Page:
Understanding PSLF (Public Service Loan Forgiveness)
Dr. Jake Groenendyk is a native of Sioux Center, Iowa. He attended Covenant College in Lookout Mountain, Georgia, and graduated with a B.A. in Biology, followed by an M.D. from Washington University in St. Louis. He is now an internal medicine resident at Northwestern University, and in his free time enjoys reading, running, and cycling.
What kind of debt can you expect from medical school?
Student loans are a big concern for many prospective medical students. In 2018, the American Association of Medical Colleges (AAMC) estimated that 75% of graduating students had educational debt, with a median loan burden of $200,000 for those that took out loans. While financial considerations shouldn’t be the primary driver of your decision to become a physician, anyone considering a career in medicine should understand the basics of financing a medical education. The bottom line is, before understanding loan forgiveness, you should first know the reality of medical school debt.
This post will focus on one of the most popular and well-known (but often poorly understood) programs for student loan management, Public Service Loan Forgiveness (PSLF). PSLF offers a tantalizing promise: tax-free forgiveness of student loans after ten years of qualifying payments. For some borrowers, this can entail forgiveness of hundreds of thousands of dollars of debt. However, only a few people have successfully received loan forgiveness through PSLF so far, and many observers think the program is unlikely to survive for very long. Here is what this article will cover:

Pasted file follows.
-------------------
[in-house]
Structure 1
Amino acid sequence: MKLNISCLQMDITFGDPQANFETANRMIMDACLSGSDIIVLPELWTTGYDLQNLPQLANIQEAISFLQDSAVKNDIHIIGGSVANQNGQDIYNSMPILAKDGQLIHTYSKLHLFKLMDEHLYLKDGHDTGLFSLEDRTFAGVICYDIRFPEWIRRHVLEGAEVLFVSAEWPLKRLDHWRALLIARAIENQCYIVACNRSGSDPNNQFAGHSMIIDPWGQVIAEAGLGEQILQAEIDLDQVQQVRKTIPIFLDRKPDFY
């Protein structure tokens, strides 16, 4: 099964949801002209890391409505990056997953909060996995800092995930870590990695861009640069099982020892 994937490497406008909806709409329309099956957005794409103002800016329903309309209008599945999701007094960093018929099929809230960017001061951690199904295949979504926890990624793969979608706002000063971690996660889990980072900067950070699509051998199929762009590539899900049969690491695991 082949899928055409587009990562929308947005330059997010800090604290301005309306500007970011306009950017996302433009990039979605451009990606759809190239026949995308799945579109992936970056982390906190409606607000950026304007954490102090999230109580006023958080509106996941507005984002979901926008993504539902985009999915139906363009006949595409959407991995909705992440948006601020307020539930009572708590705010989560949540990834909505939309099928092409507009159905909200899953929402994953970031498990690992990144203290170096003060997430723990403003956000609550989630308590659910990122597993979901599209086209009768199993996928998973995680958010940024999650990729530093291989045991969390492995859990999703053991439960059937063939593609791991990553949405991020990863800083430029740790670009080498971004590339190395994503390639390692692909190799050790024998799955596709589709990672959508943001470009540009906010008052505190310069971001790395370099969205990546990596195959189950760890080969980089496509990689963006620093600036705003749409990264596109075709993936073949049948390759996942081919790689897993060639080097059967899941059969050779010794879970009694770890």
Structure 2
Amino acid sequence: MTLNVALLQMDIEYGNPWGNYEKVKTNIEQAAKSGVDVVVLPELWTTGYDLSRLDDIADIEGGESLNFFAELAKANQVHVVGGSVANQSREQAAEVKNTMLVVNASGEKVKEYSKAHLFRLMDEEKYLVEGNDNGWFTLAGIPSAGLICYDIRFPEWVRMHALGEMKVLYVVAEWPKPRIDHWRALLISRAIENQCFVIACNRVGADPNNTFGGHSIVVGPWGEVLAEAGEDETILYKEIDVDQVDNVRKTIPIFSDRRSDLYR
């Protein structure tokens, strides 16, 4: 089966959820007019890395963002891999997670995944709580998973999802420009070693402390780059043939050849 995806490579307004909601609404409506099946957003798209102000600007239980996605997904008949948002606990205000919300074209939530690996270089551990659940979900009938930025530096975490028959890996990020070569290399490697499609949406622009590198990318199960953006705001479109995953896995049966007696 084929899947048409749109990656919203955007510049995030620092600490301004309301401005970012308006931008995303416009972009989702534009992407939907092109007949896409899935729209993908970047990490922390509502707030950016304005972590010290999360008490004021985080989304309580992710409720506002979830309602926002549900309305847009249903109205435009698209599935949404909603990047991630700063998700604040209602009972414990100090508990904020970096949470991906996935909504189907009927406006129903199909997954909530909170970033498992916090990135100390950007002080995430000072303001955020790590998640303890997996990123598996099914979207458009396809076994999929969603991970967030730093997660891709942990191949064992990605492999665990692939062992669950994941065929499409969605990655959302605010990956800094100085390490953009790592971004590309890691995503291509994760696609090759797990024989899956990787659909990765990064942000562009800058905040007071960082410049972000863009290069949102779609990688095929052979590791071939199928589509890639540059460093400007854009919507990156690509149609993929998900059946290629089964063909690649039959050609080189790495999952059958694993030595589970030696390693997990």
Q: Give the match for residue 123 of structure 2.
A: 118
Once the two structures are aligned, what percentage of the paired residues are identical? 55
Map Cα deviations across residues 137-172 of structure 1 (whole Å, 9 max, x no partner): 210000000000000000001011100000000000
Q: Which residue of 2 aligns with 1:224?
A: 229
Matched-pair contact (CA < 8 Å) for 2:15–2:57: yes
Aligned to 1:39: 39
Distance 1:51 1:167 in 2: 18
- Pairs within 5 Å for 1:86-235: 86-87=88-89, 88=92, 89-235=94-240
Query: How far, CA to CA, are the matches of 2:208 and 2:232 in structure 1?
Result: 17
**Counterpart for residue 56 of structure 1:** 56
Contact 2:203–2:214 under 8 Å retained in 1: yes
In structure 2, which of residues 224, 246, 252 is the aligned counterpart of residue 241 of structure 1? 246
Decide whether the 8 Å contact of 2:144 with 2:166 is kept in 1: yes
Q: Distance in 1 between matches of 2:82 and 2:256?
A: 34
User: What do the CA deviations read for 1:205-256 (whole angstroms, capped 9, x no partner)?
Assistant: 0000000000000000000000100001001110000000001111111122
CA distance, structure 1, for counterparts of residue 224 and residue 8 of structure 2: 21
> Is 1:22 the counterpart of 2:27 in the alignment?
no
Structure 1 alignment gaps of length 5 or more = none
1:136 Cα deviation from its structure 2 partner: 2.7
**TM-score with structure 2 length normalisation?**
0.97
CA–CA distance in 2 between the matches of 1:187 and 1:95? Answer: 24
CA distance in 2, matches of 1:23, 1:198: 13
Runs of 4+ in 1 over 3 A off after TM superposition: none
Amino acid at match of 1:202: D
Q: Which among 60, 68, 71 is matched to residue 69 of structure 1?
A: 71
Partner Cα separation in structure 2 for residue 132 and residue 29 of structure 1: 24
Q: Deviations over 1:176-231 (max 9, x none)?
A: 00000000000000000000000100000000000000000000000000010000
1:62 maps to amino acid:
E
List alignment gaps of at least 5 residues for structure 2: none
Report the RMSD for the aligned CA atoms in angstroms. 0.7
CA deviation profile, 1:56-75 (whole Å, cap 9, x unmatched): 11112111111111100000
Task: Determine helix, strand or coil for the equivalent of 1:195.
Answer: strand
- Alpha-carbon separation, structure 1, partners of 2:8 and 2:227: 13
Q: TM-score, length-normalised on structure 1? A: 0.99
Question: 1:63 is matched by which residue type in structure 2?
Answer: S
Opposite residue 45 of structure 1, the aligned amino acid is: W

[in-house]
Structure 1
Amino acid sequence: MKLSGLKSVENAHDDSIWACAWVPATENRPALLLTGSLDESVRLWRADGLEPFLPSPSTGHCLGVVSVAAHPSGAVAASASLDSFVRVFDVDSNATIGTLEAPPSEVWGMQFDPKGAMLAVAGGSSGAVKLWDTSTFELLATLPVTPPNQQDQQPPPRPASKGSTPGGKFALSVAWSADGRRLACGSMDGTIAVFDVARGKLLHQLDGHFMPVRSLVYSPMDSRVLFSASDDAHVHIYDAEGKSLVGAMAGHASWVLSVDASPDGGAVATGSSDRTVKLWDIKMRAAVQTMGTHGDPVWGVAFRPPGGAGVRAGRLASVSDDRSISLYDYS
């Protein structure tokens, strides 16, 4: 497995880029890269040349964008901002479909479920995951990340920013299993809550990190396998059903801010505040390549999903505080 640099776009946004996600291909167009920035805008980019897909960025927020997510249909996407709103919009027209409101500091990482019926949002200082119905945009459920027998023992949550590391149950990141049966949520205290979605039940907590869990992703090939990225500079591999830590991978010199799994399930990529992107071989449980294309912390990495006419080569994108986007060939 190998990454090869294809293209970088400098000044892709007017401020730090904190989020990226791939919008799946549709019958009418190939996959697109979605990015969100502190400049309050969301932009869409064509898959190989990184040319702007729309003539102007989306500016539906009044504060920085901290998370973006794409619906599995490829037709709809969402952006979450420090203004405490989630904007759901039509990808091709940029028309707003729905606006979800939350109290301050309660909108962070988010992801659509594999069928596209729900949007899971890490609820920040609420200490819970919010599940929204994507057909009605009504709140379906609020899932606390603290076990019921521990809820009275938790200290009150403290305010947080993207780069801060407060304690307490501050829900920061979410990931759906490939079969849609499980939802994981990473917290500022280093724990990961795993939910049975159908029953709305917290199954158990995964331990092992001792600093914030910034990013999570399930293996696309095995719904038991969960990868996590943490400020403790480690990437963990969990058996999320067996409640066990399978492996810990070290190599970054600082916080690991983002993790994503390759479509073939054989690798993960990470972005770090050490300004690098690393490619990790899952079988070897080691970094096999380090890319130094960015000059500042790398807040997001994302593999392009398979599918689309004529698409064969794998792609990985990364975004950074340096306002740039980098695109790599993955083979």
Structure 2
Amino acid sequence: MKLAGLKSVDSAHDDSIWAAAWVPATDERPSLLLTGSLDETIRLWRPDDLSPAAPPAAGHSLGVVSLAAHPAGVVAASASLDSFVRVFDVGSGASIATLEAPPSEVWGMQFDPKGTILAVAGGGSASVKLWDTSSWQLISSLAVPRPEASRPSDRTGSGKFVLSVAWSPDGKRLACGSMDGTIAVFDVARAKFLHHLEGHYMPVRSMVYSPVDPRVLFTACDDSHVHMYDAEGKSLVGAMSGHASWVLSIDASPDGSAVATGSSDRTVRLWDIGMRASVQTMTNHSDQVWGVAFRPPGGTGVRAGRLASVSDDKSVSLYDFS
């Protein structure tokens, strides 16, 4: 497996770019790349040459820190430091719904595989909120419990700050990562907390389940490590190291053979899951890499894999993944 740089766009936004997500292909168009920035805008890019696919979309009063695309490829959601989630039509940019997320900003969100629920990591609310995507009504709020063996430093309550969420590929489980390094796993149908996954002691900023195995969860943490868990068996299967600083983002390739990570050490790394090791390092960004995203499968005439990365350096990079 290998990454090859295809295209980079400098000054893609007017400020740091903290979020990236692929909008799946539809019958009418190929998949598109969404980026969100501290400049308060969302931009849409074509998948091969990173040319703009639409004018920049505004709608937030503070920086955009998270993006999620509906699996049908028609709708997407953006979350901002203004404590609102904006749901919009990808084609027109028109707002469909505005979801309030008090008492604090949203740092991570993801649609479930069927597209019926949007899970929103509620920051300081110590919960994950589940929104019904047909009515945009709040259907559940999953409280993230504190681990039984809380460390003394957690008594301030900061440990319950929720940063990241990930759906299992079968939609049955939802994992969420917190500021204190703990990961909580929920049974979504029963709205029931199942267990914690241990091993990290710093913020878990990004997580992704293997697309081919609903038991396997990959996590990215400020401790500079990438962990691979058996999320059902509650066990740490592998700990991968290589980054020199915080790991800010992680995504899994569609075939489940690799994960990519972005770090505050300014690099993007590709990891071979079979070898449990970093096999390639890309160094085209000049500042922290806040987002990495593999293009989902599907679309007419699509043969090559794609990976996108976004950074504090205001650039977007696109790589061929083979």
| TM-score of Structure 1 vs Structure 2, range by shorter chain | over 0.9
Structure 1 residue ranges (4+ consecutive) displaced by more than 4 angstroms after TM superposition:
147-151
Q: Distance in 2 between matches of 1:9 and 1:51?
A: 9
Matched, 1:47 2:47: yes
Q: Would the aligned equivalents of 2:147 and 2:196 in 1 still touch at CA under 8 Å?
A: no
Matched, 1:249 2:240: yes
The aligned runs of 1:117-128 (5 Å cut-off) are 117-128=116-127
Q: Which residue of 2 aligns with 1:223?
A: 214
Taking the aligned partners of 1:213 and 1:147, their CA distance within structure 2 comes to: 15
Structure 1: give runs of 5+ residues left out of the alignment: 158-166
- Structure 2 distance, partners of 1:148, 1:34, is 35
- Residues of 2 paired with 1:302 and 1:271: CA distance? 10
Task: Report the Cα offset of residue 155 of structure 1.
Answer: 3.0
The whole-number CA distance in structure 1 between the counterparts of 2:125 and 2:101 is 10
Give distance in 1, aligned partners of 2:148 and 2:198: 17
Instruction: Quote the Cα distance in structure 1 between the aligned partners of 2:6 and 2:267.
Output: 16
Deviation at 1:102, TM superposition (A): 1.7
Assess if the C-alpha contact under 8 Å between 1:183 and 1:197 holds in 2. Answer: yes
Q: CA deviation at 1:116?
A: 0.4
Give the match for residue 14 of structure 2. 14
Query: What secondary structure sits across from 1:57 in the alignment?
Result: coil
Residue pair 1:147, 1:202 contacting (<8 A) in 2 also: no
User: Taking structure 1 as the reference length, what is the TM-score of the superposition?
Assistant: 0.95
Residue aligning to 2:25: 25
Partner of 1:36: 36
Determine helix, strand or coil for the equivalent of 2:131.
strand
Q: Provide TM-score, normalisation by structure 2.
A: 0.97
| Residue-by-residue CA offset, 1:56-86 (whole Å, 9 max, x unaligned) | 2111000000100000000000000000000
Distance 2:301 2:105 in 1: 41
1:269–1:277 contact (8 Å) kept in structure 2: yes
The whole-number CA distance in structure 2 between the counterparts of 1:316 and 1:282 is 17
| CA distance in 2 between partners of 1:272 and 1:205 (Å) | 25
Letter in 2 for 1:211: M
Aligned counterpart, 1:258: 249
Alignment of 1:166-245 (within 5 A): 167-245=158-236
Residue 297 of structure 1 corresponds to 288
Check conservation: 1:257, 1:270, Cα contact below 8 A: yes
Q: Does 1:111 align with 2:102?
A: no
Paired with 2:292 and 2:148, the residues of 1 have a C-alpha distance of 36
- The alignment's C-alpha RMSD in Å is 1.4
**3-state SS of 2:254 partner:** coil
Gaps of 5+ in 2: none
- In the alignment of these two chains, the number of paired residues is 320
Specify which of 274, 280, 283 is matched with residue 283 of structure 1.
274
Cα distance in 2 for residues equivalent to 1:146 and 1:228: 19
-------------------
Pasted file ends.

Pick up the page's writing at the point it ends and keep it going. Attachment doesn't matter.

What do you need to know about PSLF?
Is it likely that current medical students will ever see any forgiveness through PSLF?
Is PSLF a good fit for you?
What is PSLF?
In addition to the available options for avoiding heavy student loan debt during medical school, future physicians who are interested in working for nonprofits can consider using the Public Service Loan Forgiveness (PSLF) program to decrease their educational debt burden. PSLF was created in 2007 to encourage people with high levels of educational debt to consider the nonprofit track. The program is structured to forgive any remaining federal loan debt after a borrower has made 120 eligible payments. These are payments that were required to be made while the borrower was employed by the federal government or an eligible nonprofit. “Required” payments are the regular monthly payments on your loan; they cannot be made during a grace period. (Thus, it would not count to simply make a new payment every day for 120 days and consider those the 120 payments.)